There are few tourist experiences in Mumbai to beat that of digging into a hot plate of pav bhaji at Juhu beach.
Juhu and Girgaum Chowpatty, the two main beaches of Mumbai, have an array of street food stalls attached to them. You can get your fill of pav bhaji, bhel and sev puri and sip on some baraf ka golas while taking in the sea breeze.
This might not be the best place to enjoy Mumbai’s street food though. The vendors at the beach know that their customer base is transient and therefore consistency is not really focused on. The food served here is fairly over-priced too.
For a taste of the best of Mumbai’s street food you need to go to one of its Khao Gulley’s or eat streets. These are lanes in the older parts of Mumbai which office-goers frequent for a bite.
The Homji Street Khao Gulley in the lane parallel to the Strand Book Store in Fort is where you get some of the best renditions of Mumbai’s street food. The time to go is around 1 pm. You will see a tiny lane packed with street food vendors. Each stall is surrounded by customers. The clientele is regular here, and the turnover high, which ensures consistency and quality of food.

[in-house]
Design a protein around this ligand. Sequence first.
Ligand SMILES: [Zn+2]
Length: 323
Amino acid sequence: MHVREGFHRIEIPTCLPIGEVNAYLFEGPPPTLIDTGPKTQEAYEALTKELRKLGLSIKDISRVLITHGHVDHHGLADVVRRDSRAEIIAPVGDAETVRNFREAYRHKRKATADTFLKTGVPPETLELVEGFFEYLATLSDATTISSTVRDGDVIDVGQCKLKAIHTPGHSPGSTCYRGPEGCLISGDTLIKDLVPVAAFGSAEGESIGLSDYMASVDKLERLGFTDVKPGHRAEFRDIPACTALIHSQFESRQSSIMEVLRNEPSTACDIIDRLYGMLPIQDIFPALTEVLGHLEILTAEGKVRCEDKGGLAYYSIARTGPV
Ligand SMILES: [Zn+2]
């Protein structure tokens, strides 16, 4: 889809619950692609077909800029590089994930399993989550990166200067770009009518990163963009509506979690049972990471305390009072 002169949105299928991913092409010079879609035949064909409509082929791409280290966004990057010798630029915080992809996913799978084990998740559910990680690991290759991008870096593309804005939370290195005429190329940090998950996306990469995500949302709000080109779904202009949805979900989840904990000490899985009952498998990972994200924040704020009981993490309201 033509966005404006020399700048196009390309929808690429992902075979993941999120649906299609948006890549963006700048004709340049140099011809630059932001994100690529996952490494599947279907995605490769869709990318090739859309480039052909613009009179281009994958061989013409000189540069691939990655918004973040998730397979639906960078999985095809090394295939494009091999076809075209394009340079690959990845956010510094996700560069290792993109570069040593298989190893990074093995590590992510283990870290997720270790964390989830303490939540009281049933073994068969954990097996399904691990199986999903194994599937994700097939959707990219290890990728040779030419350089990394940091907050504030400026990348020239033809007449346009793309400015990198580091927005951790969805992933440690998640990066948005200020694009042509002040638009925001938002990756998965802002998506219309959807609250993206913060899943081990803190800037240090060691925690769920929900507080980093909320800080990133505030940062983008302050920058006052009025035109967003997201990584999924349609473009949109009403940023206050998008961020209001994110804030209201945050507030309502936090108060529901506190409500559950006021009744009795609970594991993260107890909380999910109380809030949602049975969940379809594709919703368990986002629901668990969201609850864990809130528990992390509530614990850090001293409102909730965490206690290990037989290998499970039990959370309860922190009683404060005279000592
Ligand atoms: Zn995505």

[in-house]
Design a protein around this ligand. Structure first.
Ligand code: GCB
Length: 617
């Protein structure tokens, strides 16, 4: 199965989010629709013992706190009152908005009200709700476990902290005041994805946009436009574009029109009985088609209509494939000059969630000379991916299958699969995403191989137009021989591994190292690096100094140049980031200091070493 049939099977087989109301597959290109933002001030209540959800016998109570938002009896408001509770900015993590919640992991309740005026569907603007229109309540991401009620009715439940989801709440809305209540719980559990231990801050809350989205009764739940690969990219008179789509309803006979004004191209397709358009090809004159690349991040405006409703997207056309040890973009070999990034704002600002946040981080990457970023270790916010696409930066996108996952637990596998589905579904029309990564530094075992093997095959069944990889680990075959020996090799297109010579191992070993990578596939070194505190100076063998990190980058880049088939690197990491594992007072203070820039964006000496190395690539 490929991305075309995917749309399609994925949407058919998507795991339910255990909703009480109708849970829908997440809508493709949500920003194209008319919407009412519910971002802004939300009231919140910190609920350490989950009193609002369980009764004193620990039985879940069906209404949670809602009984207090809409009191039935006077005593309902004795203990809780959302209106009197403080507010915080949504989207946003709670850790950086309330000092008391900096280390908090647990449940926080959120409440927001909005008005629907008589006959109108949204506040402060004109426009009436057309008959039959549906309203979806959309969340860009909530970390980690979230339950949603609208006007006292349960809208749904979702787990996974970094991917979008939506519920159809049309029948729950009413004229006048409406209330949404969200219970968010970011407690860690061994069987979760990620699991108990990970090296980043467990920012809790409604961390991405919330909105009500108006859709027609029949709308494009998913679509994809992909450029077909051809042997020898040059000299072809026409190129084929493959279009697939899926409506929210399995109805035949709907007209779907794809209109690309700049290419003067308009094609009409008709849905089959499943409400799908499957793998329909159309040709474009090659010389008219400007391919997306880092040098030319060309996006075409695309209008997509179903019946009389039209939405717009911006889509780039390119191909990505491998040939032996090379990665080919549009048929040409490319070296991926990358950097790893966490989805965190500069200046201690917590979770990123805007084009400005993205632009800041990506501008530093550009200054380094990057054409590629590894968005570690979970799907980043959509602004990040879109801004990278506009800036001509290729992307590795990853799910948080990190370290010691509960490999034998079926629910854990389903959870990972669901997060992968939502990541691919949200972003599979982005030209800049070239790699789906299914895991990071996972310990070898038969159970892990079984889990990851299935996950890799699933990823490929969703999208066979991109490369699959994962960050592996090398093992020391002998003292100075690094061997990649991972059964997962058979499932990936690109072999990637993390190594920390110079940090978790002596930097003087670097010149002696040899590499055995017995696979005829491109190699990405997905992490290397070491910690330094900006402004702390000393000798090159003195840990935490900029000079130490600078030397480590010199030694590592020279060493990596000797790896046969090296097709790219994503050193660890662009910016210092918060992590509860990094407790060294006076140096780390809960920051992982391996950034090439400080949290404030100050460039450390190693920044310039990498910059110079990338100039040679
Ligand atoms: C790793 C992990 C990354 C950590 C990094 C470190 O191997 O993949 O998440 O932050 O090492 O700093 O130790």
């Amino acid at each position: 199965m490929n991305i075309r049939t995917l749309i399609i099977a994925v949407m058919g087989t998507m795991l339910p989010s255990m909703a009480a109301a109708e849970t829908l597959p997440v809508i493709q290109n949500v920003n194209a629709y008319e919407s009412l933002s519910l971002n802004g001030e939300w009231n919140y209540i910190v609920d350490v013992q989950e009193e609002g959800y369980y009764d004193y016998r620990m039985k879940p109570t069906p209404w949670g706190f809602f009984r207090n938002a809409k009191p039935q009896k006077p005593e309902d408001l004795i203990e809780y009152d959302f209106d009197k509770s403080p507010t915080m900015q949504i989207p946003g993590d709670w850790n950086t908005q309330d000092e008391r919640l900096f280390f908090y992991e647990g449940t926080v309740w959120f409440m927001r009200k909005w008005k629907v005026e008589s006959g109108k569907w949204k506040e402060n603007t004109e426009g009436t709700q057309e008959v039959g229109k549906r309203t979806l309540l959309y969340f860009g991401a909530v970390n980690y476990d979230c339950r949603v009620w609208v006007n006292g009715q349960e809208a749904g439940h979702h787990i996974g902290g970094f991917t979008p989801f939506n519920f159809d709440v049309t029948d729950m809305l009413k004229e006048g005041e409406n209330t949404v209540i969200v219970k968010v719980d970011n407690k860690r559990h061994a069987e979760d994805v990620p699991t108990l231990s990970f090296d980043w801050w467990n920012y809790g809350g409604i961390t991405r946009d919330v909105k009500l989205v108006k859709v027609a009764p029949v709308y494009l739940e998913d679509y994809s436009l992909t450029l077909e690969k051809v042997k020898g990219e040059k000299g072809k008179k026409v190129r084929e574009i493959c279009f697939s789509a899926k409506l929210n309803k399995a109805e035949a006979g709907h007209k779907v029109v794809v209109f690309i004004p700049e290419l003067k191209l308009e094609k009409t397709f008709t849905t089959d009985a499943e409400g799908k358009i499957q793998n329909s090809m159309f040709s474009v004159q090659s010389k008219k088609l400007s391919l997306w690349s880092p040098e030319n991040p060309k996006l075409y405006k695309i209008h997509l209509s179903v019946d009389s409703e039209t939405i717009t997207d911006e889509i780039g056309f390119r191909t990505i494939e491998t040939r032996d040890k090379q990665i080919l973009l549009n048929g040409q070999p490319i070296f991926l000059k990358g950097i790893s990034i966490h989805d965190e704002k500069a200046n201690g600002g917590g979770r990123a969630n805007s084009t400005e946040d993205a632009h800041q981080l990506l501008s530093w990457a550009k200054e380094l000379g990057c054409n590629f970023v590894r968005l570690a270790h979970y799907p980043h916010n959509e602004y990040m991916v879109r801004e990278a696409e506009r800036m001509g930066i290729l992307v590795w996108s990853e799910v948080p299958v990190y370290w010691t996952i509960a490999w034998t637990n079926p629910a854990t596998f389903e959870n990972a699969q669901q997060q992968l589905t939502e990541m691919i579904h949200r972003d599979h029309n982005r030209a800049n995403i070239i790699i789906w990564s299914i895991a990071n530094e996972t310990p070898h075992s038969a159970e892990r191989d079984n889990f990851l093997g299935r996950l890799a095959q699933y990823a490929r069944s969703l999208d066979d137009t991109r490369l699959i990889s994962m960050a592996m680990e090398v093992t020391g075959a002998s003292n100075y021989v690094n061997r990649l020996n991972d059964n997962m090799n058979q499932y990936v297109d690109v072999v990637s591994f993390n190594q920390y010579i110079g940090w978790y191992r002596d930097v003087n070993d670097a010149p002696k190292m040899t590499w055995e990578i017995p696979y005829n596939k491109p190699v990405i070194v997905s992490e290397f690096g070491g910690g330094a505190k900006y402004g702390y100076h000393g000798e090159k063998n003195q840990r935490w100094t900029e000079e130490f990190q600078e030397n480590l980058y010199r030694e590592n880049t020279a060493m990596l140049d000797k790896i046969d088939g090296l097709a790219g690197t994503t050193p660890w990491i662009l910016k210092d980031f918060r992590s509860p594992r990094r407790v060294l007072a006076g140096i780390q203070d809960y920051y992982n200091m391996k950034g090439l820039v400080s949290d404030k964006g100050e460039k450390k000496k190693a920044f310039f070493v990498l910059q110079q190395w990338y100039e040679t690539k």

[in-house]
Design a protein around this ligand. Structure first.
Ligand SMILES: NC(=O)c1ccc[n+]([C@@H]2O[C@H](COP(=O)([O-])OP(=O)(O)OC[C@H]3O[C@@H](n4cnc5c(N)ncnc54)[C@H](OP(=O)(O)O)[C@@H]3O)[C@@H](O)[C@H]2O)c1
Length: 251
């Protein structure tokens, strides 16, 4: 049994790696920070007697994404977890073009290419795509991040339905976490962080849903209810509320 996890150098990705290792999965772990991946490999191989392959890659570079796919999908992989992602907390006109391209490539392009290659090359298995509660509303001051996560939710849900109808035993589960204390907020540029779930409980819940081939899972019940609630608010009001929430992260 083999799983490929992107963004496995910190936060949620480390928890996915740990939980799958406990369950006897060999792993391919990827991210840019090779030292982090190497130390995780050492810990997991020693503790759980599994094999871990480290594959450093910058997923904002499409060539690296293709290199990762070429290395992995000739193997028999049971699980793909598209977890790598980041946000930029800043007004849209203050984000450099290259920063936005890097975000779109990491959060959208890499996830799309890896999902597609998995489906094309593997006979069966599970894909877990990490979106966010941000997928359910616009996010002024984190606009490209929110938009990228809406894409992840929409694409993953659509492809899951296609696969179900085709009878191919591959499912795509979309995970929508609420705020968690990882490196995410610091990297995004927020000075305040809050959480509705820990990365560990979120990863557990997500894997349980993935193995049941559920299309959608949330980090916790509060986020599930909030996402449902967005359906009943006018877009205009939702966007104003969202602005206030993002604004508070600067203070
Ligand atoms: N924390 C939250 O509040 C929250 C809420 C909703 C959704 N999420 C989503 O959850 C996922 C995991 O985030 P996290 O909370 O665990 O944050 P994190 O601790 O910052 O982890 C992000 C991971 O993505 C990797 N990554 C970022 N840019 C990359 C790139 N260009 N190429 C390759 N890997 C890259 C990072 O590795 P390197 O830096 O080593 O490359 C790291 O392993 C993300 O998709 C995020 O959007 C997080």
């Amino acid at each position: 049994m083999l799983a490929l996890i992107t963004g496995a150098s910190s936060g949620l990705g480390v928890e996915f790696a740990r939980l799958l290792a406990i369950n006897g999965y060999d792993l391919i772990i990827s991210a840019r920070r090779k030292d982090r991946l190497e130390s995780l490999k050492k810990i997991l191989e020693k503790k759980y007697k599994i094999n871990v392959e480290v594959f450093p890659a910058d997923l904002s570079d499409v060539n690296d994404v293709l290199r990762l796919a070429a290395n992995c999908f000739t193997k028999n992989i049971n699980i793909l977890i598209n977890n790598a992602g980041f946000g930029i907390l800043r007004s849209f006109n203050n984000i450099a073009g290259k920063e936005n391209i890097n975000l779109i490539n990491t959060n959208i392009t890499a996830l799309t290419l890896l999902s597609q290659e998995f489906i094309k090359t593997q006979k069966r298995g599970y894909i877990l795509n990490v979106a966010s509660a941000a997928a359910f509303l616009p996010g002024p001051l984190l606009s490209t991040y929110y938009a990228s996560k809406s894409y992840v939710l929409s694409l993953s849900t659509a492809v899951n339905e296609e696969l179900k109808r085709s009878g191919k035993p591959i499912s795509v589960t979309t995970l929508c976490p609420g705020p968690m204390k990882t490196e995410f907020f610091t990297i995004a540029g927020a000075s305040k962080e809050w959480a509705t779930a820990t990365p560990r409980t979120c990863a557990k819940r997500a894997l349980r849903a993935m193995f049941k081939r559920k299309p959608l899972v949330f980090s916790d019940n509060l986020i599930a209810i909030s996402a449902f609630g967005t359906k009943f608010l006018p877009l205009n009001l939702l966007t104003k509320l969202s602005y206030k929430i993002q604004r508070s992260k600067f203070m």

Ashok’s pav bhaji is particularly recommended as he doesn’t add food colours. So pav bhaji is not red and takes the natural colour of vegetables. There are a couple of Malayalis in the corner dishing out thick, stuffed Mysore dosas and butter vada pao. Bhajiyas, dabeli, toast sandwich, bhel and sev puri, mewad ice cream and puri bhaji: you will get them all hot and fresh here at lunch time.
For those who want street food in a slightly more hygienic/filtered water environment, Elco and Punjab Sweets in Bandra are good options.
Or you could go for a bhel puri at the Taj’s Sea Lounge by the Gateway in the evening for a really posh ‘street food’ experience.